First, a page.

The Chicago Calligraphy Collective was founded in 1976 to promote the study, practice, and appreciation of calligraphy in all its historical and present-day applications. This annual juried exhibition of members’ work includes handmade artists’ books and broadsides alongside three-dimensional works executed in a variety of media and styles.
Programs and Events
The Newberry offers programming in the humanities for scholars, teachers, and the general public. Unless otherwise noted, events are free, and no reservations are required.
Monday, April 4, 2016 – Friday, June 24, 2016
The 30th Juried Exhibition of the Chicago Calligraphy Collective
Friday, April 8, 2016 – Friday, July 1, 2016
Recent Newberry Acquisitions
This small exhibition shows off a few of the many calligraphic items the Newberry has added by purchase or gift in recent years.
Thursday, April 28, 2016
Careful Collaborations from NAGPRA to VAWA: Understanding Federal Law and American Indian Communities
The Native American Graves Protection and Repatriation Act (NAGPRA) was enacted in November 1990 to address the rights of Indian tribes and Native Hawaiian organizations to Native American cultural items, including human remains, funerary objects, sacred objects, and objects of cultural patrimony.
Wednesday, May 4, 2016
During the past two years members of the Cataloging Projects Section have been busy cataloging several collections of scholars’ and gentlemen’s libraries thanks to generous private funding.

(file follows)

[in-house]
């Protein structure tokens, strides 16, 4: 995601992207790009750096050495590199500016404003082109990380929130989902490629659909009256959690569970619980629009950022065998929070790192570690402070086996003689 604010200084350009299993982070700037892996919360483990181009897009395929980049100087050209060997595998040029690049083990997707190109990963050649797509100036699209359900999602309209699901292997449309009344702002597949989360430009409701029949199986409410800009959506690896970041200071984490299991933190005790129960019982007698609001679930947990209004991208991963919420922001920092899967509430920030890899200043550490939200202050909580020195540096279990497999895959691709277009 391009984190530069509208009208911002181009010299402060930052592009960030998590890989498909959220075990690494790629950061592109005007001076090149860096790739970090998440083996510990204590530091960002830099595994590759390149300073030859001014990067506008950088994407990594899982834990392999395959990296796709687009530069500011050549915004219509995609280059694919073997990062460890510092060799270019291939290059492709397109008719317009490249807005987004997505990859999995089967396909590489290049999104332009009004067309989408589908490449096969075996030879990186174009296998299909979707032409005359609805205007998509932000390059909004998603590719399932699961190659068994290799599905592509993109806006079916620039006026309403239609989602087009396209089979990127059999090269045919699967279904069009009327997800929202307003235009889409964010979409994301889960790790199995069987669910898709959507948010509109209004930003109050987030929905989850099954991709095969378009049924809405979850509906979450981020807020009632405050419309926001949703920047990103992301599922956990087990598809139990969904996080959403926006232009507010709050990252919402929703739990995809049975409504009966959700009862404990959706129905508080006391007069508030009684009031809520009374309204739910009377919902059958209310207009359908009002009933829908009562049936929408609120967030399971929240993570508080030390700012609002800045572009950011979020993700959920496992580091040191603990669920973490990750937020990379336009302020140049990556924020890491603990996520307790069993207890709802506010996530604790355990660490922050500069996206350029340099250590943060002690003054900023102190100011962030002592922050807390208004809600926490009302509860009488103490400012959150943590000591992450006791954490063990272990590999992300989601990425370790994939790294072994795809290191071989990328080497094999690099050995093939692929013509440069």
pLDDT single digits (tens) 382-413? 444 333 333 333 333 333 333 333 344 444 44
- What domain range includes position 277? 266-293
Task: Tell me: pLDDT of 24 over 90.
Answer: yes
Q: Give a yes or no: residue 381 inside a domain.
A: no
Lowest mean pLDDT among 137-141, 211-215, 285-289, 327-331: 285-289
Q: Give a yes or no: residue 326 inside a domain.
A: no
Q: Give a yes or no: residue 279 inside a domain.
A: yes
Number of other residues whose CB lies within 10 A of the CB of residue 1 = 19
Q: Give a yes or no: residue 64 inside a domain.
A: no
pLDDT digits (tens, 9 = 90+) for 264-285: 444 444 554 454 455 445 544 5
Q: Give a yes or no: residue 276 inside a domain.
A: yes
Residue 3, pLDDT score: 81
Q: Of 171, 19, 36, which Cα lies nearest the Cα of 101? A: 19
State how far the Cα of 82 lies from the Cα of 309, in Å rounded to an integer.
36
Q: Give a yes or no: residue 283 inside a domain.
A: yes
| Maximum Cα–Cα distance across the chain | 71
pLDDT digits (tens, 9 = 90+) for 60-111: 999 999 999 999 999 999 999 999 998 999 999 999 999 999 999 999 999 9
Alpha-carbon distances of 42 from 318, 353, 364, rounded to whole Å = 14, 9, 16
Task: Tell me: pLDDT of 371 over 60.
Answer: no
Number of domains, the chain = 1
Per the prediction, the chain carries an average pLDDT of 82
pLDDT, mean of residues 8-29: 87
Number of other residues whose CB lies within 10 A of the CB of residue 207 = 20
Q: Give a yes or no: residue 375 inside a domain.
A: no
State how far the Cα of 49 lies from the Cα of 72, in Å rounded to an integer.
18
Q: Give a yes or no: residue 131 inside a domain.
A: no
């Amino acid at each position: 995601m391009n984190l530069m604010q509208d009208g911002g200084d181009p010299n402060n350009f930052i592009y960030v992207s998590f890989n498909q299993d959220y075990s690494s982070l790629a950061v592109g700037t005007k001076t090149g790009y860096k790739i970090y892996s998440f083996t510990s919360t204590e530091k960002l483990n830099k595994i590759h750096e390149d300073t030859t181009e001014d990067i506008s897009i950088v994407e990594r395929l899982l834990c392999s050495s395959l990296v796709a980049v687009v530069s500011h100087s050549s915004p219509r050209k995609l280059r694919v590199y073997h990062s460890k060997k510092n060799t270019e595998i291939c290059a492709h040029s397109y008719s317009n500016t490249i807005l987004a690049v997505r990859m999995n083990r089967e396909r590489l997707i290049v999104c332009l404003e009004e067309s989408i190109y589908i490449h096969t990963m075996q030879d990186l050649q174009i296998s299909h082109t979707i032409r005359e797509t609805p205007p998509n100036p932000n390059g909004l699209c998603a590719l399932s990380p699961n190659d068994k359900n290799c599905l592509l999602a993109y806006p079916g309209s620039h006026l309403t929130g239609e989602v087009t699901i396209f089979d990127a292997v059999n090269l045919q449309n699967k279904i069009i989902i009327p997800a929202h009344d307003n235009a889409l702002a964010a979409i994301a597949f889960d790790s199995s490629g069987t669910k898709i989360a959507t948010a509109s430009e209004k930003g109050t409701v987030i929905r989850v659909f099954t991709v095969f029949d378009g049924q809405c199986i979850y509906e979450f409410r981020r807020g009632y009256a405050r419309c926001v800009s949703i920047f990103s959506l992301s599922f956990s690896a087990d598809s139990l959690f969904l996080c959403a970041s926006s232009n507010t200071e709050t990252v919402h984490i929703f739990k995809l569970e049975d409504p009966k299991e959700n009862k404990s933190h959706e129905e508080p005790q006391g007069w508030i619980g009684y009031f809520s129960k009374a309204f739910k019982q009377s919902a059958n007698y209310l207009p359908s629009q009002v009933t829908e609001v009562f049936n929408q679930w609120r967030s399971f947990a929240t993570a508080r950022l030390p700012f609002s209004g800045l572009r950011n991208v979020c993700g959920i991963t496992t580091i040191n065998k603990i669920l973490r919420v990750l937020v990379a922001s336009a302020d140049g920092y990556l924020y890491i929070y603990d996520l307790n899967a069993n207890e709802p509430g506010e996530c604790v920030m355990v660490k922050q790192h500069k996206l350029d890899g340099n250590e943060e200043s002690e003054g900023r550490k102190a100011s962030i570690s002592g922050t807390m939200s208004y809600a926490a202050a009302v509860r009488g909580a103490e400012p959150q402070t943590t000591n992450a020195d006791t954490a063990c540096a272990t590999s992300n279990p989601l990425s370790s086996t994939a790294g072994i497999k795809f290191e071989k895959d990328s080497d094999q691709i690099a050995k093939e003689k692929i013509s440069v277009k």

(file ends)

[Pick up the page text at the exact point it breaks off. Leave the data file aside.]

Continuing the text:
Wednesday, May 4, 2016
An Exploration of Edwardian Fashion through the Lens of "Downton Abbey"
Registration is now closed
Hosted by the Newberry, in collaboration with the Driehaus Museum’s special exhibition Dressing Downton™: Changing Fashion for Changing Times, on display at the Richard H. Driehaus Museum now through May 29, 2016.
Saturday, May 7, 2016
The Genealogy and Local History staff will introduce visitors to the Newberry and explain how to use its collections at an informal orientation. Aimed at researchers new to the library and/or new to genealogical research, this session will last approximately an hour, followed by a short tour of the library.
Tuesday, May 10, 2016
The program is free and no registration is required.
From 1914 to 1916, cultures in Britain, (Anglophone) Canada, and The United States moved toward a unified response to the war in Europe. War-related popular music exchanged among the three cultures provides remarkable insights into their changing views of each other, themselves, and the conflict. In 1914, Britain was directly involved and directly threatened.
Wednesday, May 11, 2016
This year marks the 40th anniversary of the Chicago Calligraphy Collective, founded with the patronage of Newberry curator Jim Wells. It is also the 20th anniversary of the Newberry Library Purchase Prize at the Collective’s annual show. It will be the last time that Paul Gehl (in his 28 years as a curator) will have had the chance to give the prize.
Saturday, May 14, 2016
Please register to attend by 10 am Friday, May 13
What, in Milton’s view, is the nature of self-awareness? Professor Harrison tries to answer this question by showing how Milton’s depiction of human subjectivity in Paradise Lost emerges from his anthropological convictions about human nature.